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good morning. i'm kenny choi. in about an hour a third trial over the weed killer roundup is set to get under way in oakland. a livermore couple says that the product gave him cancer. opening statements begin at 9:00 this morning. san jose police arrested three people yesterday after reports of car burglaries near the bell mateo bowl. police say the suspects led them on a chase into alameda county last night. officers arrested them after police say they tried to flee. and a powerball winning ticket was sold in wisconsin. but a couple of bay area players are still cashing in.
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the winner in wisconsin is now $768 million richer. but two bay area tickets matched five of the six numbers. they get a million dollars each. ews updates throughout the day on y our favorite platforms, including our website, kpix.com. y our favorite platforms, including our website, kpix.com. ♪ i paid the price you pay too much. ♪ lovin' you no, for your glasses. they charged you too much. who? practically anyone who isn't america's best where two pairs and a free exam are just $69.95. that sounds good. music to your ears. speaking of, do you wanna join? eh, i'm not really a singer. do you whistle? owl: it's not just a better deal it's america's best. never overpay even with insurance get more with your vision insurance dollars at america's best.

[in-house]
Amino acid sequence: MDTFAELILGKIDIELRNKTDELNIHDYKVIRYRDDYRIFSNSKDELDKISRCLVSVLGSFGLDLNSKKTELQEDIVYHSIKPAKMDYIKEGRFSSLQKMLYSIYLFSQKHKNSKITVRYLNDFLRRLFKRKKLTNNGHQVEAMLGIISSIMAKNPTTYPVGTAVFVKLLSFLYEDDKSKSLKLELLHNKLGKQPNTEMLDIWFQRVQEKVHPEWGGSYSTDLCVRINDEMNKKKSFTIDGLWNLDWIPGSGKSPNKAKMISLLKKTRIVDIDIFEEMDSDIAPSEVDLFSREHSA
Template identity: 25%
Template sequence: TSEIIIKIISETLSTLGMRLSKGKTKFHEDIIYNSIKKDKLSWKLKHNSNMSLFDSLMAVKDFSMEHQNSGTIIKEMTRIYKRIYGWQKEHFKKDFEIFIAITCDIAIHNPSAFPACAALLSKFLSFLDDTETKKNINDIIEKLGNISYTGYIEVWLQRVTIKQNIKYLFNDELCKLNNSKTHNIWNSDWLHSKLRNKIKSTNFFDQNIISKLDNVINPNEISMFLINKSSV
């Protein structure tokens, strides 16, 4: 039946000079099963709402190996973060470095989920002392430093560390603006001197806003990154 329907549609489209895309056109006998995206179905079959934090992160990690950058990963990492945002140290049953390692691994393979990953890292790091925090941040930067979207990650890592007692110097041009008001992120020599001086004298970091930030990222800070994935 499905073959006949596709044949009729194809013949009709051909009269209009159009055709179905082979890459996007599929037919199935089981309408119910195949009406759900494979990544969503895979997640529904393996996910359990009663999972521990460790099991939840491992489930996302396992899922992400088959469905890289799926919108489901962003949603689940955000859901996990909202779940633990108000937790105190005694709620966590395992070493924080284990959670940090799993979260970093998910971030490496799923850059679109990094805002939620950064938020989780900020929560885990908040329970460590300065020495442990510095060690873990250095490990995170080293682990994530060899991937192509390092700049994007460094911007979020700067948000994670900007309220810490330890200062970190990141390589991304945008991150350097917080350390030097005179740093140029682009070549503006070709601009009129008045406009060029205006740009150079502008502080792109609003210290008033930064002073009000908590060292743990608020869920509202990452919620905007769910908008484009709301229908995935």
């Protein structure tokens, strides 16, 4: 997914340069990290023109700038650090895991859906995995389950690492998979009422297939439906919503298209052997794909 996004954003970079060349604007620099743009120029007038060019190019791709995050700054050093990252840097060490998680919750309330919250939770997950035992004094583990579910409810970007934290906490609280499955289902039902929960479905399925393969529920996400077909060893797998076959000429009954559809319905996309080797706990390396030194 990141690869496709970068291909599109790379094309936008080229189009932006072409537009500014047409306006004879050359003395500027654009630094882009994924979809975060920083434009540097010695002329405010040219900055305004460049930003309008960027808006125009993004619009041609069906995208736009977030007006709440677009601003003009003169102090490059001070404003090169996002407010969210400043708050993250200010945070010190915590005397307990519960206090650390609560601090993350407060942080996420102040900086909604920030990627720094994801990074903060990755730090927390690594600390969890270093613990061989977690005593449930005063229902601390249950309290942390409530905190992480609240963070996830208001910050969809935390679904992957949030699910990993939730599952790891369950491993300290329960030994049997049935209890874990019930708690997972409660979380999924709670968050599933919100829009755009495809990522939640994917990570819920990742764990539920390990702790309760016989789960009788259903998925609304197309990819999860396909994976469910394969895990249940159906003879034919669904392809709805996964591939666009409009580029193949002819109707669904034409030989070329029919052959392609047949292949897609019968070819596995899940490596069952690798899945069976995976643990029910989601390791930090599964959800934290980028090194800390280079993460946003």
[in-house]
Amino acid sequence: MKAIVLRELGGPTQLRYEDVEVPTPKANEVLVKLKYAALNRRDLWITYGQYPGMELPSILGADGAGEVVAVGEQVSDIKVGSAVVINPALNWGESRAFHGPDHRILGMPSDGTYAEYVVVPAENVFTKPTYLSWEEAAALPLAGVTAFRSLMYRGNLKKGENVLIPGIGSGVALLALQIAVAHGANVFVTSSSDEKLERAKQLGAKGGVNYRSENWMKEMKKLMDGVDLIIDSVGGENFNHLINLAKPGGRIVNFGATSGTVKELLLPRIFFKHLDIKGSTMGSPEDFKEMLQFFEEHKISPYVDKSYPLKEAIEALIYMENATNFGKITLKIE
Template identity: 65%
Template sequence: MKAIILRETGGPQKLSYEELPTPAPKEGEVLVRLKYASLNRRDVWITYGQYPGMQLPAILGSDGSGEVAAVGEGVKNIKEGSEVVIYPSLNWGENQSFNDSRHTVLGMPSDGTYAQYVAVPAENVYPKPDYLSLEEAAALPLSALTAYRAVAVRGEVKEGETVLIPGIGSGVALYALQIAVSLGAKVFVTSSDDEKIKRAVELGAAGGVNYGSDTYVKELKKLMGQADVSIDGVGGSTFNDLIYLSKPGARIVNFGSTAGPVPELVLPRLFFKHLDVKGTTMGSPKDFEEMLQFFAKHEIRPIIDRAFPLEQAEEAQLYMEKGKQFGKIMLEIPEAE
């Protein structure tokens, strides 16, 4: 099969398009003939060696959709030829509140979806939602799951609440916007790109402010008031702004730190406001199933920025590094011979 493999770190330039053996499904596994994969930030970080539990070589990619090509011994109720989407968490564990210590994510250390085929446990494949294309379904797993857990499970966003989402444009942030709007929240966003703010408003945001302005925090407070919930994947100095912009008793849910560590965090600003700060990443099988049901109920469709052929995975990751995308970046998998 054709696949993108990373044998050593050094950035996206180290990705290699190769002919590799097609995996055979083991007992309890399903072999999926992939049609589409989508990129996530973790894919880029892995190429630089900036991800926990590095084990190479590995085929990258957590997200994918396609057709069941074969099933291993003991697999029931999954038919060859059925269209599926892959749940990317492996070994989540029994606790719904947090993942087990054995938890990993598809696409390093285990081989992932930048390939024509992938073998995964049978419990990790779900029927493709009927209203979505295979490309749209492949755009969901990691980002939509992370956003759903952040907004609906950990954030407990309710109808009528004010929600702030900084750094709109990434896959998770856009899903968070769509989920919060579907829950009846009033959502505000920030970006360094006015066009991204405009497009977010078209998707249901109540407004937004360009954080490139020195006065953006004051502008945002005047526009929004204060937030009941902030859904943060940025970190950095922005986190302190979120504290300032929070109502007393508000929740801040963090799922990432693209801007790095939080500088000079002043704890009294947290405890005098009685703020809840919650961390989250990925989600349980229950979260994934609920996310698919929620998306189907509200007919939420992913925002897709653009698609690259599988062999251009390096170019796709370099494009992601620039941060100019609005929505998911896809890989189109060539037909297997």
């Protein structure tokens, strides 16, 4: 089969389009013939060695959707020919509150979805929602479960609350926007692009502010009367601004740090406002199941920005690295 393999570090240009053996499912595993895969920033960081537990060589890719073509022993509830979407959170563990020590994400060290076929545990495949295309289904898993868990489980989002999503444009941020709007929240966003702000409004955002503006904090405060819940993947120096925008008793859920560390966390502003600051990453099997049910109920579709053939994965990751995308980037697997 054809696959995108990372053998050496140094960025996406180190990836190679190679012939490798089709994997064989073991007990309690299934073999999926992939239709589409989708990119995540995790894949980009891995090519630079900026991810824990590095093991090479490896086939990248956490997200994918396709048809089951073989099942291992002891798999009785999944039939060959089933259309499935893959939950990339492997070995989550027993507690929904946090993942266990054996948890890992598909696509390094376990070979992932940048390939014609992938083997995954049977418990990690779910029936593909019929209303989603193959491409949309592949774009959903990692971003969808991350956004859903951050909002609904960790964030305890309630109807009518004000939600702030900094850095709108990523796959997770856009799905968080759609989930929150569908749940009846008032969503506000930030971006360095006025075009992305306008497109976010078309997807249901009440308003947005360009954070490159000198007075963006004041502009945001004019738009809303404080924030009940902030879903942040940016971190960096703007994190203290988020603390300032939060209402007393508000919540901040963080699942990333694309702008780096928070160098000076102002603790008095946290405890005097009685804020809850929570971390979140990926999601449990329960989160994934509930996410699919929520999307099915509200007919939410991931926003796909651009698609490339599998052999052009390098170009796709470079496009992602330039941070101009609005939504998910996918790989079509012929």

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we are still dealing with delays as you hit the roads especially along highway 17. we have a crash southbound 17 right at big moody curve and that's what's causing this backup over here, overturned vehicle. right lane is blocked. waiting on tow crews to head out. delays in both directions, southbound 17 looks like you're slow from at least before idylwild northbound traffic stop and go near glenwood cutoff in the summit. pack your patience on 17. way to the north bay now, looks like south 10137 down to the golden gate bridge, 28 minutes on 101, 37 down to the golden gate bridge. scattered showers on hi-def doppler in the north bay and south bay. so zooming in you can see for the north bay, rohnert park getting a drenching right now. it is pouring near dillon beach and also for the south bay, light rain through milpitas, east foothills.